If many Indian sciences and technologies were the most advanced in the pre-modern world, the question arises as to why the scientific revolution and the industrial revolutions took place in Europe and not in India.
In previous columns I have spoken of a few lesser known scientific achievements of ancient India, and there are other great contributions not only in abstract theory but also in empirical sciences (such as medicine and metallurgy). Indians were also good at the design of scientific instruments and mechanical contraptions (yantras) for entertainment as well as use in warfare.
Careful experiments underlie the pharmacology of Āyurveda. India was also very advanced in smelting of metals, casting of huge sculptures, fireworks, and gunpowder. For example, Damascus steel, used for manufacture of the best blades during the Middle Ages, used wootz steel imported from India. India was the first in designing retorts, which could control distillation of a volatile metal such as zinc. In medieval times, zinc was produced in industrial scale.
India is also a land of the most subtle wisdom. In the middle of the last century, the great German historian of art, Heinrich Zimmer, says this in his Philosophies of India:
We of the Occident are about to arrive at a crossroads that was reached by the thinkers of India some seven hundred years before Christ. This is the reason why we become both vexed and stimulated, uneasy yet interested, when confronted with the concepts and images of Oriental wisdom.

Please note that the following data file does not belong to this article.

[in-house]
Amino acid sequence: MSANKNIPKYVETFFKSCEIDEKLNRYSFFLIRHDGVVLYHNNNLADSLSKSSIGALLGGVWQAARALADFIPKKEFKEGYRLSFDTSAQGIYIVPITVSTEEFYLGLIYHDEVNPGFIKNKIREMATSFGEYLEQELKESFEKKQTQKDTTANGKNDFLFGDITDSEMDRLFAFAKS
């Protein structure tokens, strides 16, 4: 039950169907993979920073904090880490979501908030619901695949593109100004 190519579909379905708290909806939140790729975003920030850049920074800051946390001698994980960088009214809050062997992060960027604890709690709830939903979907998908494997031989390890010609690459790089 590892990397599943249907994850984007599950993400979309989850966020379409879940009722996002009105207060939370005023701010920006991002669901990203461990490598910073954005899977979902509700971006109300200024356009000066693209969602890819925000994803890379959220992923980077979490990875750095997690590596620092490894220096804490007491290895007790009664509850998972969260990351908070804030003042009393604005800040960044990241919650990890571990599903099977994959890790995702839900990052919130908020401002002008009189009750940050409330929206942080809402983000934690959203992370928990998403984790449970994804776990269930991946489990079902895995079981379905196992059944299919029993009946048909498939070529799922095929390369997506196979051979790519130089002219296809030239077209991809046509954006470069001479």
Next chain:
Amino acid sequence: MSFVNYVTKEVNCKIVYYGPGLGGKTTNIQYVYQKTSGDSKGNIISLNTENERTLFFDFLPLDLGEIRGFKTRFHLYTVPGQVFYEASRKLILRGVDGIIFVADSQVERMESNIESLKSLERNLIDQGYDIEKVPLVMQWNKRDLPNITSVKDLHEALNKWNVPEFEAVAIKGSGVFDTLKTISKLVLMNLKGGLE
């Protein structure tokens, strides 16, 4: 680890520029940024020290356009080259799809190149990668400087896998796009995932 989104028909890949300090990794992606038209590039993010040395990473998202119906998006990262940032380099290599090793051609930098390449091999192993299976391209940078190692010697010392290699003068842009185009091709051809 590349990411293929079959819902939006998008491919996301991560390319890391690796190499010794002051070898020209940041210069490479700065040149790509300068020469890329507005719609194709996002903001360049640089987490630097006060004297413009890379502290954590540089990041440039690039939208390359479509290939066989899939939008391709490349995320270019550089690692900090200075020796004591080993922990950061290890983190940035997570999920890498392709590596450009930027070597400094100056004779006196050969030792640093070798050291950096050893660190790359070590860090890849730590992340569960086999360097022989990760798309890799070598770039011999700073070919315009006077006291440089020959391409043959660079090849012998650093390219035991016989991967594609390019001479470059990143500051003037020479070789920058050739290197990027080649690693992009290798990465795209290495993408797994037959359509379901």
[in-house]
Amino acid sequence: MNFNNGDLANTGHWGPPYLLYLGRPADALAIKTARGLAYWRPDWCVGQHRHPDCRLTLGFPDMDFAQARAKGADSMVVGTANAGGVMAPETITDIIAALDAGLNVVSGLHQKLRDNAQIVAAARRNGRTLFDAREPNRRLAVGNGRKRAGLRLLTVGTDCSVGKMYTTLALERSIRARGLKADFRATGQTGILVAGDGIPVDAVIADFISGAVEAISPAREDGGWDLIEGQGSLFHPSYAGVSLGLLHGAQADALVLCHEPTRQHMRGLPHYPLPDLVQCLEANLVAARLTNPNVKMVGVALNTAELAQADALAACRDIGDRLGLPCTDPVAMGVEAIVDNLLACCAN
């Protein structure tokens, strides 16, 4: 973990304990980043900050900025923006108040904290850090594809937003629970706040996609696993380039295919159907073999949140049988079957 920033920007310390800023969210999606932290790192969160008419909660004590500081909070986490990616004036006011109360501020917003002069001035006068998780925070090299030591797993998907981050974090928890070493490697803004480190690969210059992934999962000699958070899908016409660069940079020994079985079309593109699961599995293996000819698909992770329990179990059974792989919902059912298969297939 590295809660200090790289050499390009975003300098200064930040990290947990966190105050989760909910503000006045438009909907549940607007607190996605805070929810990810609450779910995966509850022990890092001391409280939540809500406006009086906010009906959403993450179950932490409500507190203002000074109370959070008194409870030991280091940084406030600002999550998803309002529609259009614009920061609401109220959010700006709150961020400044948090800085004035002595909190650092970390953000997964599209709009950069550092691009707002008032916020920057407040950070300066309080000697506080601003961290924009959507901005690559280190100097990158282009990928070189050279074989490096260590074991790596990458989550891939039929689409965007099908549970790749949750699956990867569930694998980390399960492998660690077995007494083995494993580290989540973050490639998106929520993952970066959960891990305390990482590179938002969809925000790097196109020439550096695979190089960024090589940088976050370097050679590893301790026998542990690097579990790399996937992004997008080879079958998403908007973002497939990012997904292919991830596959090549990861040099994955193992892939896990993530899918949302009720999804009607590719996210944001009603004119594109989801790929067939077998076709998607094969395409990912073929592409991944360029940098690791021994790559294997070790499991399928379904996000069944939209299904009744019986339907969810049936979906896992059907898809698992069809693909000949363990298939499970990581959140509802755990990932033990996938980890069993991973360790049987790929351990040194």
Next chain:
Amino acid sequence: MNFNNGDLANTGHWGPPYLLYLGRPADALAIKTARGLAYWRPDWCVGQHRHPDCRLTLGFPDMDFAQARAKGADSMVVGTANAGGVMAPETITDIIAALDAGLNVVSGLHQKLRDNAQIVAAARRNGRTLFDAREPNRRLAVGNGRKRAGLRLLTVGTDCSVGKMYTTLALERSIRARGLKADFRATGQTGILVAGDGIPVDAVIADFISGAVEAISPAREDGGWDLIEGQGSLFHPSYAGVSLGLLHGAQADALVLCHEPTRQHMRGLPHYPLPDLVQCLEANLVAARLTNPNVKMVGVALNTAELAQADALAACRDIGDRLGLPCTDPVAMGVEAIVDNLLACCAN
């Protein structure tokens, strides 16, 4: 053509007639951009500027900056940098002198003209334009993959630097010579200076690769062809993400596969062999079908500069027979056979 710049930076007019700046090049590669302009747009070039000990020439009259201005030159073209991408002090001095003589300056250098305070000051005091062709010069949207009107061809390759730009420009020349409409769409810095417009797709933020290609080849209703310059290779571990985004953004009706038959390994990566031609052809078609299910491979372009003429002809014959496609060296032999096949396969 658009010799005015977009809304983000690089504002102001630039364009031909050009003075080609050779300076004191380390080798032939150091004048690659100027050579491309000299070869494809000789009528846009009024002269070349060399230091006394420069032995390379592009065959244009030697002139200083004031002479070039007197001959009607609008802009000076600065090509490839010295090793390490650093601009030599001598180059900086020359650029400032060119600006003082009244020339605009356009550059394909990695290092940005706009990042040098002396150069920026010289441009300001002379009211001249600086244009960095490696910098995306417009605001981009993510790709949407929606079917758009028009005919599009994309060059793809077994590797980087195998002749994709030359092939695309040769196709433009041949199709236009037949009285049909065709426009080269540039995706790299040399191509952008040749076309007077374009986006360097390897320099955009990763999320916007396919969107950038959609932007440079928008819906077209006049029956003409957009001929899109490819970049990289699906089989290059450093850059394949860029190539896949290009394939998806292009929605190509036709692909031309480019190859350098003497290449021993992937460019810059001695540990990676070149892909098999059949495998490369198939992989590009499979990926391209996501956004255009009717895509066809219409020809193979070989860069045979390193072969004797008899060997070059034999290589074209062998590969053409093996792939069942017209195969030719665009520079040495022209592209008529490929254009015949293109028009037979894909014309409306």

But if many Indian sciences and technologies were the most advanced in the pre-modern world, the question arises why the scientific revolution that started in the 17th century, and the industrial revolutions that began two centuries later, took place in Europe and not in India. I think that the vexing and the uneasiness that Zimmer mentions indirectly refers to this question.
One must recognize that science is a social process within a larger ecosystem of which the university is an important part. Originally, the medieval European university was to train the clergy in canonical law, theological discussion, and religious administration. The European discovery of the Americas was one of those unique historical events that brought in tremendous wealth, looted from the Aztecs and the Incas, which made it possible to invest in knowledge for its own sake. Intense competition amongst the colonial nations led to a race to develop superior time-keeping and other instruments for navigation and war.